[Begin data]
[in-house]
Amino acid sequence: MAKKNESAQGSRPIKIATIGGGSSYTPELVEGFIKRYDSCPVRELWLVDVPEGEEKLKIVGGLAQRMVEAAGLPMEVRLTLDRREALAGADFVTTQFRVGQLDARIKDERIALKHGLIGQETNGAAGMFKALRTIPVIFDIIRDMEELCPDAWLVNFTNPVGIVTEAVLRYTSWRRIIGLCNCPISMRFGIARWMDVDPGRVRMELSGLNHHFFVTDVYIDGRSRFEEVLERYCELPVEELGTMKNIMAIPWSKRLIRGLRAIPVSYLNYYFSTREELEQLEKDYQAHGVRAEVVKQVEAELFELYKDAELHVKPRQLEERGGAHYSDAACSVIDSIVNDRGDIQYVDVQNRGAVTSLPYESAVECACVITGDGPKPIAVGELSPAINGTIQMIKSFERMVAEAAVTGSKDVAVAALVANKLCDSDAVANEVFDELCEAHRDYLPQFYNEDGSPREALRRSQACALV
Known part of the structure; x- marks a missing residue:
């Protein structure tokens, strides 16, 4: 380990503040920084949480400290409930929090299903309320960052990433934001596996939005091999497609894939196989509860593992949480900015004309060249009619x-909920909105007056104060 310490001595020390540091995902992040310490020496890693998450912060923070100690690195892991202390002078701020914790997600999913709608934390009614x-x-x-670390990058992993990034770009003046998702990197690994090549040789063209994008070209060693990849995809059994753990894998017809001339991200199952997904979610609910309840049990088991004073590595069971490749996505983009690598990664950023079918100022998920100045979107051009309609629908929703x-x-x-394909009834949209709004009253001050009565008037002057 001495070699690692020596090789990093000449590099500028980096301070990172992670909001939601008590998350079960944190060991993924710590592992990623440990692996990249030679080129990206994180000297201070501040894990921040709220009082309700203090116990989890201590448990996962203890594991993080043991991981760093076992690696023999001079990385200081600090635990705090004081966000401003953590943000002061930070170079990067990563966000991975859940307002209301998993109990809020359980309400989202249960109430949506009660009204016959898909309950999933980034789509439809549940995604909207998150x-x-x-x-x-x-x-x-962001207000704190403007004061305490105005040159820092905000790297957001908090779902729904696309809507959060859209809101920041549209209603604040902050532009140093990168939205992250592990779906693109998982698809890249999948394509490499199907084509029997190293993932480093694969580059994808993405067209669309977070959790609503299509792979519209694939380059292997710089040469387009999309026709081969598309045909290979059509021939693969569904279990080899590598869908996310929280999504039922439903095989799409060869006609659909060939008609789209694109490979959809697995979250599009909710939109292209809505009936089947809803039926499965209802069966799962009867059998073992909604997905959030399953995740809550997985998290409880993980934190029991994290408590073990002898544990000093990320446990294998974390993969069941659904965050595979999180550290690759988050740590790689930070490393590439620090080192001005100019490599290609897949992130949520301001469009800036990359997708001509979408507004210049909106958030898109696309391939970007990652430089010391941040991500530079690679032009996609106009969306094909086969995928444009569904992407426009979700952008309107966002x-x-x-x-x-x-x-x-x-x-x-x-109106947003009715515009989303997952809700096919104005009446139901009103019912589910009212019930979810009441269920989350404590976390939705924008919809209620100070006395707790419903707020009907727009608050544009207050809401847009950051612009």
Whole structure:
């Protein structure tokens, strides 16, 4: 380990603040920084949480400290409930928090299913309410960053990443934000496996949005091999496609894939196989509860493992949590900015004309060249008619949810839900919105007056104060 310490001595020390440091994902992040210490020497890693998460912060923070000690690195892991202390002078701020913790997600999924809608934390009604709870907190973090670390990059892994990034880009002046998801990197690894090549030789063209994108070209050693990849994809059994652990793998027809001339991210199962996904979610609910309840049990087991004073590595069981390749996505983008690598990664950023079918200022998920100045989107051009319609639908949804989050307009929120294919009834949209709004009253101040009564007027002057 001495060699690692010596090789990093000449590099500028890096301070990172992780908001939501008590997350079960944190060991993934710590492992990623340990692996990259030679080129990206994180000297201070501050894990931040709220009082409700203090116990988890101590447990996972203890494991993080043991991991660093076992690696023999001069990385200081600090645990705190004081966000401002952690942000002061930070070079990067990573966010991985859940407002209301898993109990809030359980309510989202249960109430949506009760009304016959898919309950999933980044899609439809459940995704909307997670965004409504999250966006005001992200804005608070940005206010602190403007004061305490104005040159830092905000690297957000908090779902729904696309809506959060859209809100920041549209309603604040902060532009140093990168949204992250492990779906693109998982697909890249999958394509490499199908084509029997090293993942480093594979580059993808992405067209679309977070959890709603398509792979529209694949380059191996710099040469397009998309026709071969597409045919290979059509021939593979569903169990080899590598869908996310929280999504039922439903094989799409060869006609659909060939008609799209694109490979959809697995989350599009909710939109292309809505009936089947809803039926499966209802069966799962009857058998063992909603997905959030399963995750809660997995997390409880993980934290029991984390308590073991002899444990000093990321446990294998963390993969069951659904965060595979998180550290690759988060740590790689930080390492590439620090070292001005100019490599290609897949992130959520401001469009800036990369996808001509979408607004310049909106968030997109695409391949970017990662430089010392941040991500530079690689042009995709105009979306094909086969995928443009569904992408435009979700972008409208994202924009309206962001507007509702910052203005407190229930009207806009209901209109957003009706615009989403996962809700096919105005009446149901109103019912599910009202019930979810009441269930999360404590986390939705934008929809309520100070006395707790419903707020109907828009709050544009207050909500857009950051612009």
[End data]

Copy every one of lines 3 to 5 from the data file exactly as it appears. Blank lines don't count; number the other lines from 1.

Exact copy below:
Known part of the structure; x- marks a missing residue:
């Protein structure tokens, strides 16, 4: 380990503040920084949480400290409930929090299903309320960052990433934001596996939005091999497609894939196989509860593992949480900015004309060249009619x-909920909105007056104060 310490001595020390540091995902992040310490020496890693998450912060923070100690690195892991202390002078701020914790997600999913709608934390009614x-x-x-670390990058992993990034770009003046998702990197690994090549040789063209994008070209060693990849995809059994753990894998017809001339991200199952997904979610609910309840049990088991004073590595069971490749996505983009690598990664950023079918100022998920100045979107051009309609629908929703x-x-x-394909009834949209709004009253001050009565008037002057 001495070699690692020596090789990093000449590099500028980096301070990172992670909001939601008590998350079960944190060991993924710590592992990623440990692996990249030679080129990206994180000297201070501040894990921040709220009082309700203090116990989890201590448990996962203890594991993080043991991981760093076992690696023999001079990385200081600090635990705090004081966000401003953590943000002061930070170079990067990563966000991975859940307002209301998993109990809020359980309400989202249960109430949506009660009204016959898909309950999933980034789509439809549940995604909207998150x-x-x-x-x-x-x-x-962001207000704190403007004061305490105005040159820092905000790297957001908090779902729904696309809507959060859209809101920041549209209603604040902050532009140093990168939205992250592990779906693109998982698809890249999948394509490499199907084509029997190293993932480093694969580059994808993405067209669309977070959790609503299509792979519209694939380059292997710089040469387009999309026709081969598309045909290979059509021939693969569904279990080899590598869908996310929280999504039922439903095989799409060869006609659909060939008609789209694109490979959809697995979250599009909710939109292209809505009936089947809803039926499965209802069966799962009867059998073992909604997905959030399953995740809550997985998290409880993980934190029991994290408590073990002898544990000093990320446990294998974390993969069941659904965050595979999180550290690759988050740590790689930070490393590439620090080192001005100019490599290609897949992130949520301001469009800036990359997708001509979408507004210049909106958030898109696309391939970007990652430089010391941040991500530079690679032009996609106009969306094909086969995928444009569904992407426009979700952008309107966002x-x-x-x-x-x-x-x-x-x-x-x-109106947003009715515009989303997952809700096919104005009446139901009103019912589910009212019930979810009441269920989350404590976390939705924008919809209620100070006395707790419903707020009907727009608050544009207050809401847009950051612009």
Whole structure: